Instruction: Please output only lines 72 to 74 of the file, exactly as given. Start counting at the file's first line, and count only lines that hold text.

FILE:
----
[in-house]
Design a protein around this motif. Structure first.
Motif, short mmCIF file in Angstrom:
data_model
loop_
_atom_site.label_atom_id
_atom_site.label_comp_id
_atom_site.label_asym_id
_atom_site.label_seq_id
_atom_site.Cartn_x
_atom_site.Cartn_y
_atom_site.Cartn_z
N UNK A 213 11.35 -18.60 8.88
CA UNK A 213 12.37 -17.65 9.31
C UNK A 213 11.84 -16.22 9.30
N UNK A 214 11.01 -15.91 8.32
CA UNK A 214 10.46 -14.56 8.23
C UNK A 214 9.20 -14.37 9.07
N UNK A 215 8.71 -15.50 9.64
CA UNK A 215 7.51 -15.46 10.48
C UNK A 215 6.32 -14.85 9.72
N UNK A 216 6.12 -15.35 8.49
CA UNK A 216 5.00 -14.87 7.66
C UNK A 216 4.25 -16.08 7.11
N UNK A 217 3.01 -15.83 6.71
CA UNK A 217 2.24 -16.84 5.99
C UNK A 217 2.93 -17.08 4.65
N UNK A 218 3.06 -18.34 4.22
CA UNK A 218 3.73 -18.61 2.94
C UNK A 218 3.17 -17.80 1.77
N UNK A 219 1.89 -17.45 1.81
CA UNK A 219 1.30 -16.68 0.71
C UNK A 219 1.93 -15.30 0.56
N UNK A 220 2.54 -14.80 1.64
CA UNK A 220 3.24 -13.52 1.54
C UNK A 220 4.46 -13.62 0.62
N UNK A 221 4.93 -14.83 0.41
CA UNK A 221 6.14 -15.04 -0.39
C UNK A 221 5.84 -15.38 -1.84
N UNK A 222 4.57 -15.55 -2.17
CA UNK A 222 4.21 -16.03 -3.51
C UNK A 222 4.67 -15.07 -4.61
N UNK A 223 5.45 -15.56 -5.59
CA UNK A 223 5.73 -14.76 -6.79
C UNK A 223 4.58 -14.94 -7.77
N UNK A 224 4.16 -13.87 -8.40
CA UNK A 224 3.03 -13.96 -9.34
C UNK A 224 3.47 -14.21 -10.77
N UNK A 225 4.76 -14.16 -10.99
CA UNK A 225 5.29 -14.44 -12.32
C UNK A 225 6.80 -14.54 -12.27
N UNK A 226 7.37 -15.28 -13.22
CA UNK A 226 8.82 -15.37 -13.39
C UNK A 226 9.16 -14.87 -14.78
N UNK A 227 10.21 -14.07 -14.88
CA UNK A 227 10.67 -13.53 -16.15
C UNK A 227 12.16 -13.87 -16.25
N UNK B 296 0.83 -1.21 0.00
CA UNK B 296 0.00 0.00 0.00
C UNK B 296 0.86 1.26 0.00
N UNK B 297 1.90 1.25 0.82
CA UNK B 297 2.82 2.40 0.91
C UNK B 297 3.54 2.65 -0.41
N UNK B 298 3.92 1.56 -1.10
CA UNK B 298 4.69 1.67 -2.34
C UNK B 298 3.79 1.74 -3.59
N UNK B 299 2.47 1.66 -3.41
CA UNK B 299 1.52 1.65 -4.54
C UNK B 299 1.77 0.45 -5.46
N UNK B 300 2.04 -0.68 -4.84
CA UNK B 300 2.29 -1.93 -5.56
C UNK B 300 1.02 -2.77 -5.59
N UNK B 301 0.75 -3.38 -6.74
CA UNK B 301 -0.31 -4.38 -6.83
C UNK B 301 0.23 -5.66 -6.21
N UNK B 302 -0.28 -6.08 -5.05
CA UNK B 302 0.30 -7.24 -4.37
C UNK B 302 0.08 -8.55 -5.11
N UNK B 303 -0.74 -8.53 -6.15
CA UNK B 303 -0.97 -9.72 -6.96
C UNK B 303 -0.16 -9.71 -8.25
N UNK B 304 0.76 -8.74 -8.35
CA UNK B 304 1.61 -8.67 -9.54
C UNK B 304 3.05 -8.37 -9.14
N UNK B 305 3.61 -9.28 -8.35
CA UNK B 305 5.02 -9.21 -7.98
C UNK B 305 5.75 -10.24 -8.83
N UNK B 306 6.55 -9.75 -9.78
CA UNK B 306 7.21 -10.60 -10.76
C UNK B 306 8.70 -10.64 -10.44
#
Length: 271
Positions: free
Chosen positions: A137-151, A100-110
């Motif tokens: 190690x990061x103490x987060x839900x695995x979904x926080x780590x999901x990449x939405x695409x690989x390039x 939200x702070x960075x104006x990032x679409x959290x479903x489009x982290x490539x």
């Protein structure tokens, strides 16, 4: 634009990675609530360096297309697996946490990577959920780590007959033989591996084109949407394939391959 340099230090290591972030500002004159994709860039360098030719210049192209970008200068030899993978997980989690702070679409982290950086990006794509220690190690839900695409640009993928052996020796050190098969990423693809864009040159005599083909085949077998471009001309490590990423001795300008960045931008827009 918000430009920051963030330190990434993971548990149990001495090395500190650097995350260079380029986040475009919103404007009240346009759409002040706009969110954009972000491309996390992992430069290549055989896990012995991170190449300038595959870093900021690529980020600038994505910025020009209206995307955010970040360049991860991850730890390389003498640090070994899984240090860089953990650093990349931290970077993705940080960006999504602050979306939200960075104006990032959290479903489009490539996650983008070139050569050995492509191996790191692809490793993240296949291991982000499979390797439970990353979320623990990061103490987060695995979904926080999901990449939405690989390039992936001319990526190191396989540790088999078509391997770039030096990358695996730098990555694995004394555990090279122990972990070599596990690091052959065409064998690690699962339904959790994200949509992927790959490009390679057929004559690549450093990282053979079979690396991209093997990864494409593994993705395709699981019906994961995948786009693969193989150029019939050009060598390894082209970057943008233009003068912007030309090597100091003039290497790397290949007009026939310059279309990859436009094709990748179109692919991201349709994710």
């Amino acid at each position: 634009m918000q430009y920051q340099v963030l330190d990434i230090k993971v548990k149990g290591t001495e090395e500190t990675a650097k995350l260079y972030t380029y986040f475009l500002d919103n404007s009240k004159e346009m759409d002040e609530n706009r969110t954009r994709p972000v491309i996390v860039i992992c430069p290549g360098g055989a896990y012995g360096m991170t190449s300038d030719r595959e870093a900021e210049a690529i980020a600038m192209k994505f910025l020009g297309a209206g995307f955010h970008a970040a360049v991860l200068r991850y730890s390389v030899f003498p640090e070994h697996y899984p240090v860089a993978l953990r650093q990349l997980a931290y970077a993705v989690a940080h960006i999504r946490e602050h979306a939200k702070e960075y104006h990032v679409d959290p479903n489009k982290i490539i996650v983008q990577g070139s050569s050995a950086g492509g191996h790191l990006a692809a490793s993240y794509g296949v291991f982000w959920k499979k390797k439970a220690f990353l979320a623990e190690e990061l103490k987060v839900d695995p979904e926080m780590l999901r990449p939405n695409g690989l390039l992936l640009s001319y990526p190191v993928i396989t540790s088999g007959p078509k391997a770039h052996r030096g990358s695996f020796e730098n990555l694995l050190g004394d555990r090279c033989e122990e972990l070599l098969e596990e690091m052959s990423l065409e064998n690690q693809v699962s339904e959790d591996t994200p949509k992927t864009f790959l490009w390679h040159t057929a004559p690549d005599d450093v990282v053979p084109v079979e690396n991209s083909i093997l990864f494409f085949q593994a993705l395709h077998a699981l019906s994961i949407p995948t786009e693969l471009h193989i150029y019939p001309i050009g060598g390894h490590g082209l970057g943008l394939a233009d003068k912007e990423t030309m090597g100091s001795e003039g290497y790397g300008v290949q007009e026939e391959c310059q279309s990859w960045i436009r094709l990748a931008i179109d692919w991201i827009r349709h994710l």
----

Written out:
C UNK B 300 1.02 -2.77 -5.59
N UNK B 301 0.75 -3.38 -6.74
CA UNK B 301 -0.31 -4.38 -6.83